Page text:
Officials at Southeast Community College’s Beatrice campus are expecting to see two major building projects completed in the next two years.
The SCC Board of Governors took action this week to advance the two projects, which would add student housing and classrooms at the campus in west Beatrice.
Beatrice Campus Director Bob Morgan said a dorm project will be out for bids on Friday, with an anticipated completion date of 2019.
The dorm project has an estimated cost of $8 million, and will ultimately replace Hoover Hall, which is more than 50 years old.
“Number one, in the fall and winter, we have a shortage of housing,” Morgan said. “Number two, one of our buildings was built in 1965 and has 70 beds in it. We have to replace it due to age. This is an opportunity to add beds and replace 70 that are past their life expectancy.”
Hoover Hall is expected to be demolished once the new building is finished.
The new building will feature apartment-style living for 153 residents, but without a shared kitchen. As a result, a corresponding dining hall will also be constructed.
“We’ve had the demand for suite-style housing for a couple of years, and we know the housing we have in Hoover Hall is to the point where we really need to replace it,” Morgan said. “The second thing is this continues to bring dorms to what students want today. They like to see suite-style dorms and that will help our enrollment as we continue to modernize the campus.”
Plans call for the dorm to be built in the southwestern portion of campus, directly northwest of the Kennedy Center.
The Board of Governors is also considering a 60,000 square-foot classroom facility that will go before the Nebraska Coordinating Commission for Postsecondary Education in March.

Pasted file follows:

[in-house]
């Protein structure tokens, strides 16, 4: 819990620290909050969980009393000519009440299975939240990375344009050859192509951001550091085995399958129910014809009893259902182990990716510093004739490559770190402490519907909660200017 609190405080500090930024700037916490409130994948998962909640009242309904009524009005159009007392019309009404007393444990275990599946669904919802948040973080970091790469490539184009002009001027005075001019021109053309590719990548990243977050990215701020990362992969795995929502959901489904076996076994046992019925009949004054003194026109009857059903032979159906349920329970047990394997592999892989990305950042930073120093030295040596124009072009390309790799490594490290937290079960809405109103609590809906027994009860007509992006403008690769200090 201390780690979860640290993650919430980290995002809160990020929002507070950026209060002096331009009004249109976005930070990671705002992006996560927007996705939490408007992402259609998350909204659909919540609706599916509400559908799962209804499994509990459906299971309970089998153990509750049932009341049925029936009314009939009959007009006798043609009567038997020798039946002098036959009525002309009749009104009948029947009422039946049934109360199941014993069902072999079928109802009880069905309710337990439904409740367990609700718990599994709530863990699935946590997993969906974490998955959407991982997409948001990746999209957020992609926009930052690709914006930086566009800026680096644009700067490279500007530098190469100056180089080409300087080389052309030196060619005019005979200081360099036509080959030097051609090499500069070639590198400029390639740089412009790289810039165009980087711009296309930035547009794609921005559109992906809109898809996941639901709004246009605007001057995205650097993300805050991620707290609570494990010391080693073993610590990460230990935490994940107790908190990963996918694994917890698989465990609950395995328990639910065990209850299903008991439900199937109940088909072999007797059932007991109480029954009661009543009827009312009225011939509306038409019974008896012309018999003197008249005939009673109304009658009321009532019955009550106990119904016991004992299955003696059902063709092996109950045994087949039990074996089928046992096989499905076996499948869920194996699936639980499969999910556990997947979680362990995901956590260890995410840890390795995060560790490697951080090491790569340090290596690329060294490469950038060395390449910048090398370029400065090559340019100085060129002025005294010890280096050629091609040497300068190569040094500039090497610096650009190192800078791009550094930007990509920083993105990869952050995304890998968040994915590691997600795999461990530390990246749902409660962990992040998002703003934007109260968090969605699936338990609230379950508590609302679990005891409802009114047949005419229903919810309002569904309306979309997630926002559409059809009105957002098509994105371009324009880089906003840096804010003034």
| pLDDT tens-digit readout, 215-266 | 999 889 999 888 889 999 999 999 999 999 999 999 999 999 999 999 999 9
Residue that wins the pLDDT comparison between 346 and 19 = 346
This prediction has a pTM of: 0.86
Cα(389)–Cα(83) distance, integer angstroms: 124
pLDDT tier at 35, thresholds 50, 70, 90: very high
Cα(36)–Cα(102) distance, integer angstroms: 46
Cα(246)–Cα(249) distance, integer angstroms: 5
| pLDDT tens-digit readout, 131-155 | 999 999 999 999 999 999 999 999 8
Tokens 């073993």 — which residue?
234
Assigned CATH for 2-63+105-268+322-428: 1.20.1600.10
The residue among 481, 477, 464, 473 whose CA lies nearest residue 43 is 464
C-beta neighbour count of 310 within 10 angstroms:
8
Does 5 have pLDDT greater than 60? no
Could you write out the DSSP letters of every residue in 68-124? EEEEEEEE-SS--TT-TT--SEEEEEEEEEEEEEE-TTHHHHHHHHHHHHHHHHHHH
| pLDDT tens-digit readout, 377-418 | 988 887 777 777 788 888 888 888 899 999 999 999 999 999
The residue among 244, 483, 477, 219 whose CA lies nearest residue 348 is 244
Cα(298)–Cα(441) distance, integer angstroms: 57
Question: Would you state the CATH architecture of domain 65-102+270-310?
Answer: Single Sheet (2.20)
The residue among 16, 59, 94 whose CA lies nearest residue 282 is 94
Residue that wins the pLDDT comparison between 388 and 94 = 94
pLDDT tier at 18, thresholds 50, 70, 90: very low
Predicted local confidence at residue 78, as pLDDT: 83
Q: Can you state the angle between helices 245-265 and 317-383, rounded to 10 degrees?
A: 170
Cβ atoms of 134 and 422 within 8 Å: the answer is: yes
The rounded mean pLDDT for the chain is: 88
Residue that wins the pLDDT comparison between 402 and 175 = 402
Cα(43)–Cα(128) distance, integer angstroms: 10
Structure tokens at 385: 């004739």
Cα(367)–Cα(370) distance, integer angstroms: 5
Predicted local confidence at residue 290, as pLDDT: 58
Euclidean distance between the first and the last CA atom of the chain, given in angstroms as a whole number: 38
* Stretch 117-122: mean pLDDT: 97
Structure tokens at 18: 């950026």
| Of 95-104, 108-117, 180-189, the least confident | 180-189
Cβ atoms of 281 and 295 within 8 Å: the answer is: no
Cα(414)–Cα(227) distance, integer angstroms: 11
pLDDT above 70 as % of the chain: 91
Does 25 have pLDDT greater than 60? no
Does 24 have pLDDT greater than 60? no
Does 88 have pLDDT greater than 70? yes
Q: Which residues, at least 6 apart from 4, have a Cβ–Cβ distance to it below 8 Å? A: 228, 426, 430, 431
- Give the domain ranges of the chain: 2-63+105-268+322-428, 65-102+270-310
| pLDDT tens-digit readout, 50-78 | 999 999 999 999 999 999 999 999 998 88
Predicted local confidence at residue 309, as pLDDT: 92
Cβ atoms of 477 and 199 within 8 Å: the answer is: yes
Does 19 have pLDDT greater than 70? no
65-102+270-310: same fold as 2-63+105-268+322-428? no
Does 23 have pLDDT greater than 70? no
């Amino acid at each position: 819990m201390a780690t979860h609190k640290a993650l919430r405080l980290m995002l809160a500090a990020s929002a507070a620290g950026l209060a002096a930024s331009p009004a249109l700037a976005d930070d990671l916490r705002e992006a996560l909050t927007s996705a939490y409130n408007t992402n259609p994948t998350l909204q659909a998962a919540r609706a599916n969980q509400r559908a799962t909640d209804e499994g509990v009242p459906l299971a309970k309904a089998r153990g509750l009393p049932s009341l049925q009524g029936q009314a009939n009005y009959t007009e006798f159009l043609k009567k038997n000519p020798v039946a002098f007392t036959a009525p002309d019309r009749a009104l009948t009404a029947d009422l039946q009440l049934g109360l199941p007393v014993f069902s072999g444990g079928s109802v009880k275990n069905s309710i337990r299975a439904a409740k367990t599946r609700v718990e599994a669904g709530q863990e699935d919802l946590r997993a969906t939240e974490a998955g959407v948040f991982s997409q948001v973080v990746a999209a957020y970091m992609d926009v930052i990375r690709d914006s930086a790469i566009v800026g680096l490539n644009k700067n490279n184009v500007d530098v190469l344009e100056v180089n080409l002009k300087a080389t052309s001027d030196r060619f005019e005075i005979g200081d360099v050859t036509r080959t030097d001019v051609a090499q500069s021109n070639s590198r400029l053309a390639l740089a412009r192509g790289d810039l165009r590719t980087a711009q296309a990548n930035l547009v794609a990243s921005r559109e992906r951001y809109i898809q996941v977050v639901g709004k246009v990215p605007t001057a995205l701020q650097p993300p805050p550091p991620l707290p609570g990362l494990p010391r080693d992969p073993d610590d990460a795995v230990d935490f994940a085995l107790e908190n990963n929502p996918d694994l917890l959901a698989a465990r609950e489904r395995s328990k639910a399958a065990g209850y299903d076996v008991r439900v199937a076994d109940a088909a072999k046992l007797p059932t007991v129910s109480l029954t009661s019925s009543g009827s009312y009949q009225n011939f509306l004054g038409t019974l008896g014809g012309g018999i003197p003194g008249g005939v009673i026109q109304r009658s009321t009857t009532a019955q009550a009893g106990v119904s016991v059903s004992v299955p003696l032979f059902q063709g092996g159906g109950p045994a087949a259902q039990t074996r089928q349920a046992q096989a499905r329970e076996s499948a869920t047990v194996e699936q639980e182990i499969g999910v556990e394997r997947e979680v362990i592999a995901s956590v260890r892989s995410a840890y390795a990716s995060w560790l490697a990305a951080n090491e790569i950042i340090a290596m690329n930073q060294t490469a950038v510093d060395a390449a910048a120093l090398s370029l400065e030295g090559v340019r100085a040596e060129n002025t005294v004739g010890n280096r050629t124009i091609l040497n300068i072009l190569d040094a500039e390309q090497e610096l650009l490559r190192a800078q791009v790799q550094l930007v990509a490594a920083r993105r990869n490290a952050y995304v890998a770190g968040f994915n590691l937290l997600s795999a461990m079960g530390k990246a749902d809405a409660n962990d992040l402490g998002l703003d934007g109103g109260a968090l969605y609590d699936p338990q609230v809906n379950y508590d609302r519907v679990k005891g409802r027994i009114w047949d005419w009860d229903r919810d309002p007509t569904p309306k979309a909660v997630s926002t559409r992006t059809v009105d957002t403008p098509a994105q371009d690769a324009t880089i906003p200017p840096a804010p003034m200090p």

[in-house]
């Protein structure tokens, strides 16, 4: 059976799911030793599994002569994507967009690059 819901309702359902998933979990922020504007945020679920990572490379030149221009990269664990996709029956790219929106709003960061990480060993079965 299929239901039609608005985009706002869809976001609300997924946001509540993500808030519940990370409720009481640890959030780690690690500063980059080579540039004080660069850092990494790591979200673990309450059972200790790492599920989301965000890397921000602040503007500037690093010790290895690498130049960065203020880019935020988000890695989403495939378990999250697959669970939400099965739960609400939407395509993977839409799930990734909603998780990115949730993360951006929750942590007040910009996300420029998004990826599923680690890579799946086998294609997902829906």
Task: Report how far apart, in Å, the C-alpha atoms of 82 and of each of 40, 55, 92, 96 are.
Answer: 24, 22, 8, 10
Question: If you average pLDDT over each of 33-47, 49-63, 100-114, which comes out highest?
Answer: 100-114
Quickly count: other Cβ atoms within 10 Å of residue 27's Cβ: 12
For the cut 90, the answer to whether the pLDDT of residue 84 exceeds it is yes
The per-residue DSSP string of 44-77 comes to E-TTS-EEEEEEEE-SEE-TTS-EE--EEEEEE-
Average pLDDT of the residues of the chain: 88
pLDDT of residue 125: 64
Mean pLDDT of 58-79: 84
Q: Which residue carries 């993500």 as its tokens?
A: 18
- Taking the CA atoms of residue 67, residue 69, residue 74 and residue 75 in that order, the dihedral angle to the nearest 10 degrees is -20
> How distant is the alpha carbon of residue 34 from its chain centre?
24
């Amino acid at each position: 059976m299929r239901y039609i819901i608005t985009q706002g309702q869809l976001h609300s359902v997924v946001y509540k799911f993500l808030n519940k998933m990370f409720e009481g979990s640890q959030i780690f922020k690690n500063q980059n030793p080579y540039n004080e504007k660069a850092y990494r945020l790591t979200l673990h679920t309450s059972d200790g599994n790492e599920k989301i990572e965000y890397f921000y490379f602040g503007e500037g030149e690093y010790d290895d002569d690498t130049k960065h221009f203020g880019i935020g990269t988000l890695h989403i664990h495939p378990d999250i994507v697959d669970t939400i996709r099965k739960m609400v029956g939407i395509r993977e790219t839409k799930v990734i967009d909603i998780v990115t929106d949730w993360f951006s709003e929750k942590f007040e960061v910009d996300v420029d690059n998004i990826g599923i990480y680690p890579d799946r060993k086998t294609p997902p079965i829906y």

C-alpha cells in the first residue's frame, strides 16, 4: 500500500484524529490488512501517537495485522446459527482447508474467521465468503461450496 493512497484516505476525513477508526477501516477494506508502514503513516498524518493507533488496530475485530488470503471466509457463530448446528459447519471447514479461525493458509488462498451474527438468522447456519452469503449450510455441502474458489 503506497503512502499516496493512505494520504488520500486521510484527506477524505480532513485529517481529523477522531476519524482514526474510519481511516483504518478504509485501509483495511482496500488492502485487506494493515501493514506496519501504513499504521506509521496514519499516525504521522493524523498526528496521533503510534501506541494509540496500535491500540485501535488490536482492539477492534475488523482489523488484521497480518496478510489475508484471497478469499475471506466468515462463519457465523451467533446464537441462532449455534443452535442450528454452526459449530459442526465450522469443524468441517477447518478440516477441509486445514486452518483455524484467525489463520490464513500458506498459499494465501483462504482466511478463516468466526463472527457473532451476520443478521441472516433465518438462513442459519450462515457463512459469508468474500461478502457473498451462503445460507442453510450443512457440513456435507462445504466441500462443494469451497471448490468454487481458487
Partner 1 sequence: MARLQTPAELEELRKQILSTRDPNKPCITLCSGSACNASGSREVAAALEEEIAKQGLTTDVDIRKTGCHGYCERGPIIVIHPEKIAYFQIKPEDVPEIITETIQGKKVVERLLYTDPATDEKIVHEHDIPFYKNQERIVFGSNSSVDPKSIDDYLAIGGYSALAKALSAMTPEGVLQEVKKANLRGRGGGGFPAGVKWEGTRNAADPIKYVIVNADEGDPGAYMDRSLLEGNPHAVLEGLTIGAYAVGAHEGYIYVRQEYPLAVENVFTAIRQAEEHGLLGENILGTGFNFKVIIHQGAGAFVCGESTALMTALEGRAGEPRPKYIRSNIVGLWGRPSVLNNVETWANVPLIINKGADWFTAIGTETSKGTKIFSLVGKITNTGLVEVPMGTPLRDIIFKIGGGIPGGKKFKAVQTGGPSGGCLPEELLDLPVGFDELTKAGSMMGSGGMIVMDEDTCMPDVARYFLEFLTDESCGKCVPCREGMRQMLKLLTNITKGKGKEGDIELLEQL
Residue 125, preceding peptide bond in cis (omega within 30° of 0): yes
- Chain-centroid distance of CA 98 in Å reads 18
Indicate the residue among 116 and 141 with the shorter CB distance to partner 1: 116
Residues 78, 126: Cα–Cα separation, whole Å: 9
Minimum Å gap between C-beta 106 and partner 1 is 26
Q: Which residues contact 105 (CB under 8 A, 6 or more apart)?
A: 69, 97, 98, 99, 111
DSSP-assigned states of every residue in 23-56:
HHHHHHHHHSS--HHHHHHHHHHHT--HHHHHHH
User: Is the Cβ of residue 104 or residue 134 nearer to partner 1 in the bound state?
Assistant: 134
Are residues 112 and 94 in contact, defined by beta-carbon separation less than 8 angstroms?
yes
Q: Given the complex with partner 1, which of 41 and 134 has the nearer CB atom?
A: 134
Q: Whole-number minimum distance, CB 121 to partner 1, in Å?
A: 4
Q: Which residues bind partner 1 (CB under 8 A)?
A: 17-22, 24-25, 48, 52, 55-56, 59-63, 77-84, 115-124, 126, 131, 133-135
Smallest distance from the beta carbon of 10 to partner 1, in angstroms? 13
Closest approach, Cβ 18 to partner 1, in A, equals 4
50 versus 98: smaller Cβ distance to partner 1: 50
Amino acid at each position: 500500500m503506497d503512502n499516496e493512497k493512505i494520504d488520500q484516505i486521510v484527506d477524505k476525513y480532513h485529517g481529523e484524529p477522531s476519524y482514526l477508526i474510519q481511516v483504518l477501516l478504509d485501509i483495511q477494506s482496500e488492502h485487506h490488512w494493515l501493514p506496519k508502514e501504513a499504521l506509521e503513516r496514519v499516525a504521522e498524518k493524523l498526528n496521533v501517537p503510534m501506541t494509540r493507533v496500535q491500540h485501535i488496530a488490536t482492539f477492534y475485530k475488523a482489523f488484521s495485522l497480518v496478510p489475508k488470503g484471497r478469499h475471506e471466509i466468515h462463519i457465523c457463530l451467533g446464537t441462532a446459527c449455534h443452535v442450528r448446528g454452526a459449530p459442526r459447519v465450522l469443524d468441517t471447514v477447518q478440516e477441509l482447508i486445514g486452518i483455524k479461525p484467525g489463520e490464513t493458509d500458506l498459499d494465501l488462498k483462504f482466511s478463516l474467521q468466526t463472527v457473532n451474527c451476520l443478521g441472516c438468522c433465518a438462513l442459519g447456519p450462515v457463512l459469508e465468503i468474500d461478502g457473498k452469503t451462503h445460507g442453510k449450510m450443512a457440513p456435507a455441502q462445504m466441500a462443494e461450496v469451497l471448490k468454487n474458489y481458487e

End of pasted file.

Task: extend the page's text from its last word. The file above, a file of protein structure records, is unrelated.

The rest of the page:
“That’s part of the original master plan we had developed, and funding will come from our capital construction allowance that we have,” Morgan said. “It will be general purpose for most classes. However, it will also have dedicated space for health and science.”
Specifically, Morgan said SCC’s nursing program has grown in recent years and is in need of more space. That program would be housed in the new building, and the few classrooms that will be lost when Hoover Hall is demolished will also be relocated to this new building.
According to information provided by SCC, many of the classrooms being replaced were built as dorm rooms and are small with low ceilings. Nursing bays in labs are too small to teach multiple students, and the narrow hallways make it difficult to move hospital beds and other equipment in and out of rooms.
Kristin Ruiz, the practical nursing program director, said the program stands to benefit the most from new lab space.
“We’re really excited for students to have new space to practice skills that translate to care for patients,” she said. “We’ve built a successful program with the facilities we have, but we would benefit from bigger lab space to work with each other and mannequins to do simulations. That’s probably our biggest challenge, lab space to practice skills so when we take care of patients in clinical areas, it translates to better patient care.”
The building will primarily serve the divisions of arts and sciences, business, health science and also provide an office and classroom for the criminal justice program.
The new classrooms would replace Jackson Hall, also built in 1965, which would be demolished once the building is operational.
The total project is estimated to cost $21.5 million. If all goes according to plan, it could be finished by May 2020.
“Enrollment is holding strong, and we also know that when you look at the age of our buildings, we have to start replacing them,” Morgan said. “Our accrediting body has said we really need to start updating our facilities.”
Plans call for a three-story building that will also include a large multipurpose room for the board meetings, orientations and other large gatherings on campus.
The proposed site for the new building is near the center of campus, just north of the Kennedy Center. This area is currently green space.